After surviving three months of the Apocalypse Diet, where I bought no food and lived off of what was in my place, I have learned a few things. In the event of an apocalypse (choose your poison), whether earthquake, alien invasion, uber contagious supervirus, zombies or a gadzillion insects attacking, how long would you survive? Looking at the necessities before battling the foe, that would be the basic creature comforts: a safe place to sleep, food and water.
It’s always good to have either frozen or sealed jugs of sterile water stored, which will keep indefinitely. In Vancouver, we sometimes get “boil water” advisories when the water table is high or there’s been an issue (rare) with the water system. You’ll want a few other items such as easily accessible flashlights, lighters and candles. You might have tools on your list but food is going to matter most. If the power cut out, then whatever you had in your freezer would have to be eaten first, starting with the meats as they thawed. Extra ice would help, or a cool place outside such as a ground cellar. Probably learning how to pickle items would help or how to salt meats if you had a full-on freezer with too many items rotting.
One thing that was absolutely essential in having fresh vegetables throughout my experiment was a low humidity fridge. It removes so much moisture that foods dry out as opposed to mulching down. I once had grapes turn to raisins over three months in my fridge (yes, another experiment). The secret is to leave as many out of the bags as possible or leave them loosely bagged. Items with high water content such as lettuce, spinach, zucchini will rot first, no matter what. Root vegetables will last longest. Apples will last longer than berries.
And of course, it’s important to have a lot of carbohydrates stored: potatoes, yams, rice, quinoa, pasta, flour, barley, beans, etc. I had all of these items and still hadn’t quite run out after three months. I learned some interesting things about eating patterns while eating for the apocalypse. I did eat less. I stretched out my vegetables and proteins by upping the carb content. Carbs fill you up. This explains diets of people who are poor. They’re often undernourished and eat too many fats and carbs, the easiest and cheapest way to feel full. I’ve heard people arrogantly say before that a person who is “fat” should just “lose weight.” It’s not always that easy without knowing the backgrounds, such as physical, mental or environmental disorders. I consider poverty an environmental disorder.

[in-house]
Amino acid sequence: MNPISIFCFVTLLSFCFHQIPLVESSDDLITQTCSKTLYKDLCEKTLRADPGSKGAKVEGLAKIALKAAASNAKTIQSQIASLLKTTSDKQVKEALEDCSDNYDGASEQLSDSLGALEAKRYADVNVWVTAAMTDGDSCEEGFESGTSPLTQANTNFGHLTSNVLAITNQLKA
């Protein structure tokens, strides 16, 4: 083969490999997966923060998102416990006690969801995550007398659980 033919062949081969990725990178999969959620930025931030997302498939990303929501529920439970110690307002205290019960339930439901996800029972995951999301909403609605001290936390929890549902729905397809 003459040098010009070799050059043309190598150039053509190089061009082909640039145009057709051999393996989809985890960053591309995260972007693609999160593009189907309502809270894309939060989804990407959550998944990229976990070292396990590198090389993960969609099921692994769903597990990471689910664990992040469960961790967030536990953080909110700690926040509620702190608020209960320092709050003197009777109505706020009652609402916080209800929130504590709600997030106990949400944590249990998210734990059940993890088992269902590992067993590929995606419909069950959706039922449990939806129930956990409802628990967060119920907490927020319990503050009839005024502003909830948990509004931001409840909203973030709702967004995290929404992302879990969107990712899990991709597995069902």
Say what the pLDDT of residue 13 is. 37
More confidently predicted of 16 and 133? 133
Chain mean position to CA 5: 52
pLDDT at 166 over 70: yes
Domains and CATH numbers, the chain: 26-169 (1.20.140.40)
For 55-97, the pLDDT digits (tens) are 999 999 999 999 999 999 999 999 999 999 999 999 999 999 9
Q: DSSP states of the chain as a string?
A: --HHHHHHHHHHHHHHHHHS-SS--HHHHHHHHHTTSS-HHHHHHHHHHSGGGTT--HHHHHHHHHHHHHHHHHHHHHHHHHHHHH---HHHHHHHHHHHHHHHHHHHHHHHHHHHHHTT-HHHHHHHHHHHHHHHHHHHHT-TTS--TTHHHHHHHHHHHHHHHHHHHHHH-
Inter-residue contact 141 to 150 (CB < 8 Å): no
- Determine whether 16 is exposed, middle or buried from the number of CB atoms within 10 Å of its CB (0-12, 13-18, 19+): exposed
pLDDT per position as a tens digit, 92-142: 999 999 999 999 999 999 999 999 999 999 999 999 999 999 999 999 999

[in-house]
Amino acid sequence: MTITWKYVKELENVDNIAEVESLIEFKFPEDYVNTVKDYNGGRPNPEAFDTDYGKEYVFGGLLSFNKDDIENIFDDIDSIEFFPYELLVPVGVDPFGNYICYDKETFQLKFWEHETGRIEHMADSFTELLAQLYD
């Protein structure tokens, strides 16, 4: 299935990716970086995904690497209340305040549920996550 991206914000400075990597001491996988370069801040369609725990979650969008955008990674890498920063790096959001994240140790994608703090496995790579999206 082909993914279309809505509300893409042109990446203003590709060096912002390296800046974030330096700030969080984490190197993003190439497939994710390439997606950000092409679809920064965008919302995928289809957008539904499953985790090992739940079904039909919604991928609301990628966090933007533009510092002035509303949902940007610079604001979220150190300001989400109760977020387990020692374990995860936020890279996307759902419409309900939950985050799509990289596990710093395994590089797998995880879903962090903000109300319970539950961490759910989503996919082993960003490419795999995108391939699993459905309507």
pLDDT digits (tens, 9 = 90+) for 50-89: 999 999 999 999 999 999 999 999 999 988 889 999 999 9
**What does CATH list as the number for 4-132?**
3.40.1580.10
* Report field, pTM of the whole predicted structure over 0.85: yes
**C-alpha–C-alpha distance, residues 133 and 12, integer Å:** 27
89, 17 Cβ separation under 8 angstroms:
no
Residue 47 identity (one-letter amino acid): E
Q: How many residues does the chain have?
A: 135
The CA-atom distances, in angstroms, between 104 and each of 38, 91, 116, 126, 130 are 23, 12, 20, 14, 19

I also rediscovered some foods; that barley is actually tasty and bulgar wheat isn’t bad, that potato flour can’t be substituted for
rice or wheat flour in baking, that coconut milk, peanut butter and soy sauce make a quick and easy Thai curry. I am a food concocter at the best of times, throwing in this and that, so some dishes I never commented on as they’re my normal range of mad scientist fare. An adaptable mind will help as supplies run out.
As well, I found the archaic beasts that had lived in my cupboards for far too long: the raisins (gone to the neighbor), really dead prunes, a host of dried fruit I don’t eat, sauerkraut that will outlive cockroaches. I used up a lot of little bits of this and that but still have the fruit from liqueurs I made about ten years ago. I need to make muffins of this or throw it out. If the apocalypse happened in a month or two I’m sure I could survive another three months as I’ve restocked quickly. Buying in bulk is often cheaper. If it’s the growing season it won’t be as bad for fresh food, even if my freezer is relatively empty. Here’s to surviving the apocalypse.